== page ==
25 pilot whales die after mass stranding

Posted: 07/24/2011 in all marine news

Cordelia O’Neill –

More than two dozen whales have died after a mass stranding in an estuary of a sea loch in the Scottish Highlands.

The bodies of 25 whales from a pod of 70 were found yesterday morning after they were stranded at low tide on Friday at the Kyle of Durness in the most north-westerly corner of Scotland.

Rescuers have managed to return 44 pilot whales to open water.

Attempts to refloat the whales began on Friday night and continued into the early hours of yesterday morning.

British Divers Marine Life Rescue (BDMLR) medics, the coastguard and the navy managed to rotate some of the whales that were upside down to prevent them from drowning when the tide came in.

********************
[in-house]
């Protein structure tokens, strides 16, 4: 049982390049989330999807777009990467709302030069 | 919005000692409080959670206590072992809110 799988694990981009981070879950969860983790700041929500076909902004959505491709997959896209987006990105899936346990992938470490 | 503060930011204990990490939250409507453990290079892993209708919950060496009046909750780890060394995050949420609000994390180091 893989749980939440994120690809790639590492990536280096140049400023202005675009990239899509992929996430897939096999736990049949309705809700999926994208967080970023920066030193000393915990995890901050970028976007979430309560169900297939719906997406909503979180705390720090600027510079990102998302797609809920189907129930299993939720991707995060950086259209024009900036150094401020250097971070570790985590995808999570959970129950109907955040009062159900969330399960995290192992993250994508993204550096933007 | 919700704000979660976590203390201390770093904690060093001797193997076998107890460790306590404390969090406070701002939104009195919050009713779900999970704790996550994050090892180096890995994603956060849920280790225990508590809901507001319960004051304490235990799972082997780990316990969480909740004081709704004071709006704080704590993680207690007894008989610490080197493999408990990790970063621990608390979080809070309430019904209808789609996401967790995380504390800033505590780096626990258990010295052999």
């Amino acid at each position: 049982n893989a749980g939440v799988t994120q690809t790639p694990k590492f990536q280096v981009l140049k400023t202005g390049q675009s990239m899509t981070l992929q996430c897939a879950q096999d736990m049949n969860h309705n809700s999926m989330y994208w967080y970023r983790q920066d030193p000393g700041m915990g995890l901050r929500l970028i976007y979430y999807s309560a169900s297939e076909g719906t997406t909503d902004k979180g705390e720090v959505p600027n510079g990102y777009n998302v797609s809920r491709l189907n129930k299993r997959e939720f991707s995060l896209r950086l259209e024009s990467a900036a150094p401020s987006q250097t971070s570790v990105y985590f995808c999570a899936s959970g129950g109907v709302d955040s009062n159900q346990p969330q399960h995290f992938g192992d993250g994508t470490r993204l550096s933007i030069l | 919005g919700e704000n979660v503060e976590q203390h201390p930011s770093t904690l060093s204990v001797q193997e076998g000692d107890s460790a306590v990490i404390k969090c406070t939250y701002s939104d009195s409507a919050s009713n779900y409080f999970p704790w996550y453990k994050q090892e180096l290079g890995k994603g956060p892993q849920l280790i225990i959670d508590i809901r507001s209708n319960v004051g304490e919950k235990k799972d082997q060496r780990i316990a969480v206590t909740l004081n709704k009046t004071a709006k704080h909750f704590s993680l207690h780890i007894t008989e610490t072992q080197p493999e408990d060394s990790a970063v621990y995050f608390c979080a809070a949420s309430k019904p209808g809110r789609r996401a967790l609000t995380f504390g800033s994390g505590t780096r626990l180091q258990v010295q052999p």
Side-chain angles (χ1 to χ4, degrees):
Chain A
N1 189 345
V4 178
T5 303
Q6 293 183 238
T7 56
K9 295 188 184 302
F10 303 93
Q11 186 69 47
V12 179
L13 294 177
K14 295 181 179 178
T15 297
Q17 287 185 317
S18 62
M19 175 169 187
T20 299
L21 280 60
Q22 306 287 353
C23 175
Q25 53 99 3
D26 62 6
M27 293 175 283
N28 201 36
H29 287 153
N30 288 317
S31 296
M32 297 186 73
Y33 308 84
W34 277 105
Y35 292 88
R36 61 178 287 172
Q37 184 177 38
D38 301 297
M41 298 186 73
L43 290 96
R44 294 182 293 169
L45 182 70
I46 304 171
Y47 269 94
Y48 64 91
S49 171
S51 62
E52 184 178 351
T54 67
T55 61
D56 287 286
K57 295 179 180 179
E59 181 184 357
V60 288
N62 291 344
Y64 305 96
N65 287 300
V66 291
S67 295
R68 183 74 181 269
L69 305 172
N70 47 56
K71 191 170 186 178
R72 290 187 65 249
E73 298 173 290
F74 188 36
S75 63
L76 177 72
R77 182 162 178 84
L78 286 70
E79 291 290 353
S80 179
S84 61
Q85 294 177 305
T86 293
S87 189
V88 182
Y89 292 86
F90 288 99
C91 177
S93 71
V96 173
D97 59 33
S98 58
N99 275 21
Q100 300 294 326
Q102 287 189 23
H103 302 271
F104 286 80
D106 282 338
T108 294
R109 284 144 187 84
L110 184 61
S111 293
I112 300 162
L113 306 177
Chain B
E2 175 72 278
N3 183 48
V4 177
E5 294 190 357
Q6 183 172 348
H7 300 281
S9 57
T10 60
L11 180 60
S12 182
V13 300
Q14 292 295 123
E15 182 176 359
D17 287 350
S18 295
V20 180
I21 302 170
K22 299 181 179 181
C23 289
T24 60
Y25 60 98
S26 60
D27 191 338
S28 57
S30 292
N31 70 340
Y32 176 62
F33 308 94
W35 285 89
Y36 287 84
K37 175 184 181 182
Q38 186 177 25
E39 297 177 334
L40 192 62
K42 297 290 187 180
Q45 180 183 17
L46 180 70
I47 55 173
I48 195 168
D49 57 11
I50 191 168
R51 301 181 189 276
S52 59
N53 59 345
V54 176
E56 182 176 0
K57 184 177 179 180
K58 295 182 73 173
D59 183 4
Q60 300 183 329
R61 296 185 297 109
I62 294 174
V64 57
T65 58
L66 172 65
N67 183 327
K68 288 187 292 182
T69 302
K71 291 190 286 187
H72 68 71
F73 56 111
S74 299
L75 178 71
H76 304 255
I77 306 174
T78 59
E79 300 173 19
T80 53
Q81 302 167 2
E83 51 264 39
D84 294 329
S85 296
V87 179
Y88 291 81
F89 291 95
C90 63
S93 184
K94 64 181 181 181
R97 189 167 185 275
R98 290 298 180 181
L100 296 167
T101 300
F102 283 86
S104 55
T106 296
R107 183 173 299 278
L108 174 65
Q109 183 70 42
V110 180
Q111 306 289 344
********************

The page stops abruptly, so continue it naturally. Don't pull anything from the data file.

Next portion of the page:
The BDMLR said many of the whales had become stranded on their sides, on top of each other and upside down and were inhaling sand.

Vets from as far away as Newcastle travelled to the remote loch and nine sets of pontoons were delivered to the site on Friday night, but they were not used as the estuary flooded too quickly.

Divers from a Royal Navy bomb disposal squad were in the area and took part in the rescue, watched by dozens of people from the shore. The members of the Northern Diving Group formed a human chain to herd the whales into deeper water.

The water receded yesterday morning, and the bodies were discovered onshore. It is believed they died the night before but were not discovered until first light.

Three whales were found alive, but had to be euthanased by vets as they were too weak to be refloated.

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